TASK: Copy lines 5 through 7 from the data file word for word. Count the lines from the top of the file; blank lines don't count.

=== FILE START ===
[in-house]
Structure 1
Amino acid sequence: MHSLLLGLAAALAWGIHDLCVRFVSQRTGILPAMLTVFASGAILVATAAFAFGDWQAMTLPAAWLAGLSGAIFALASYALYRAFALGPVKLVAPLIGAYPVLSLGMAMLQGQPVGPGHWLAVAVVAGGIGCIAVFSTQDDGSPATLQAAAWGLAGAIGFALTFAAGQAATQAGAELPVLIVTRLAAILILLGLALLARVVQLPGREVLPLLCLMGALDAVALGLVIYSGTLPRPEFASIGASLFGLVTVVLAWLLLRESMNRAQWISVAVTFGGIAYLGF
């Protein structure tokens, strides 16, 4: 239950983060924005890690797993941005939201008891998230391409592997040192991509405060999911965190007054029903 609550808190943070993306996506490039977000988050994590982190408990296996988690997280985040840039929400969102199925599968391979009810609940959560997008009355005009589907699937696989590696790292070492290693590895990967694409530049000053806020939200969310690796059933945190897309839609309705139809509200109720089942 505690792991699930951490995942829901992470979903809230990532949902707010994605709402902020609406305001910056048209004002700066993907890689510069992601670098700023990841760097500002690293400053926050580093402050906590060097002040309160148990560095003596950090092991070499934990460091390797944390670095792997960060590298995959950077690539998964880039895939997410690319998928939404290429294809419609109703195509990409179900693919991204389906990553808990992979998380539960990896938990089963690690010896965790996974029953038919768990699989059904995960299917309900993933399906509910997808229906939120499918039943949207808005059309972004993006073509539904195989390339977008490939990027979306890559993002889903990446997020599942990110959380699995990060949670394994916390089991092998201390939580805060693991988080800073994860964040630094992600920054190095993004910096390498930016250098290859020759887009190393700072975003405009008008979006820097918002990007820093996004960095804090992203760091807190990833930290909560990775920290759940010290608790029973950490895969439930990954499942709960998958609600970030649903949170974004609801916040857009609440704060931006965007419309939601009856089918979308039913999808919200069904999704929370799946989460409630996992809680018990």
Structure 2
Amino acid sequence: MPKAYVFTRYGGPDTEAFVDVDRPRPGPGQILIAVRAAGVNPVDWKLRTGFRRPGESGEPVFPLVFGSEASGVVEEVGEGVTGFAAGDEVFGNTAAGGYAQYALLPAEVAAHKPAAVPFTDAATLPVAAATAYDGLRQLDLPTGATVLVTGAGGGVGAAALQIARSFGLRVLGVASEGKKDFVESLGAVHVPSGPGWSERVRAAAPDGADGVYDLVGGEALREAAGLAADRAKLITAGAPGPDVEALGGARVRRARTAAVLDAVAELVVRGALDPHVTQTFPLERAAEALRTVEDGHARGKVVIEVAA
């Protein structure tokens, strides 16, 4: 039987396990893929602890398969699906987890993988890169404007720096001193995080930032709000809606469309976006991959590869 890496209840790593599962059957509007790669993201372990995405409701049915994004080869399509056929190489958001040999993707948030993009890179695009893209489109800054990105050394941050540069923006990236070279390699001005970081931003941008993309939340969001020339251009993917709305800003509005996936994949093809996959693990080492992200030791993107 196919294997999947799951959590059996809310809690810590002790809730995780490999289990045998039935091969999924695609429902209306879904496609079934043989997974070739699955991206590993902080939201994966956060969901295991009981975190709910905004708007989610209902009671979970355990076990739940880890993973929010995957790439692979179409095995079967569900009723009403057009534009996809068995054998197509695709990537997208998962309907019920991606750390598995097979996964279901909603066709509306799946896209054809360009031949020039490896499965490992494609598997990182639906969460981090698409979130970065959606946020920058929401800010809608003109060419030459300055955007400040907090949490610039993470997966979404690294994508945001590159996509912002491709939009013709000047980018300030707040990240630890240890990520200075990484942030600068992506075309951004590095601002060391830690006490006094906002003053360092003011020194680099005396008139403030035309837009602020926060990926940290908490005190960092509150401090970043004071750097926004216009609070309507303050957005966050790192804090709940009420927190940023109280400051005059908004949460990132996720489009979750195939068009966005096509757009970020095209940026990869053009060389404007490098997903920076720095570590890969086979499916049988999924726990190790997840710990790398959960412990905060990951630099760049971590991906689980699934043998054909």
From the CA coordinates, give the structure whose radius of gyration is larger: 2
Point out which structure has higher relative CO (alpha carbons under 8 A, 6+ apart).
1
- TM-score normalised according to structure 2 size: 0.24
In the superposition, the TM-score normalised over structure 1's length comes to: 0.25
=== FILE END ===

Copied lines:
Structure 2
Amino acid sequence: MPKAYVFTRYGGPDTEAFVDVDRPRPGPGQILIAVRAAGVNPVDWKLRTGFRRPGESGEPVFPLVFGSEASGVVEEVGEGVTGFAAGDEVFGNTAAGGYAQYALLPAEVAAHKPAAVPFTDAATLPVAAATAYDGLRQLDLPTGATVLVTGAGGGVGAAALQIARSFGLRVLGVASEGKKDFVESLGAVHVPSGPGWSERVRAAAPDGADGVYDLVGGEALREAAGLAADRAKLITAGAPGPDVEALGGARVRRARTAAVLDAVAELVVRGALDPHVTQTFPLERAAEALRTVEDGHARGKVVIEVAA
């Protein structure tokens, strides 16, 4: 039987396990893929602890398969699906987890993988890169404007720096001193995080930032709000809606469309976006991959590869 890496209840790593599962059957509007790669993201372990995405409701049915994004080869399509056929190489958001040999993707948030993009890179695009893209489109800054990105050394941050540069923006990236070279390699001005970081931003941008993309939340969001020339251009993917709305800003509005996936994949093809996959693990080492992200030791993107 196919294997999947799951959590059996809310809690810590002790809730995780490999289990045998039935091969999924695609429902209306879904496609079934043989997974070739699955991206590993902080939201994966956060969901295991009981975190709910905004708007989610209902009671979970355990076990739940880890993973929010995957790439692979179409095995079967569900009723009403057009534009996809068995054998197509695709990537997208998962309907019920991606750390598995097979996964279901909603066709509306799946896209054809360009031949020039490896499965490992494609598997990182639906969460981090698409979130970065959606946020920058929401800010809608003109060419030459300055955007400040907090949490610039993470997966979404690294994508945001590159996509912002491709939009013709000047980018300030707040990240630890240890990520200075990484942030600068992506075309951004590095601002060391830690006490006094906002003053360092003011020194680099005396008139403030035309837009602020926060990926940290908490005190960092509150401090970043004071750097926004216009609070309507303050957005966050790192804090709940009420927190940023109280400051005059908004949460990132996720489009979750195939068009966005096509757009970020095209940026990869053009060389404007490098997903920076720095570590890969086979499916049988999924726990190790997840710990790398959960412990905060990951630099760049971590991906689980699934043998054909």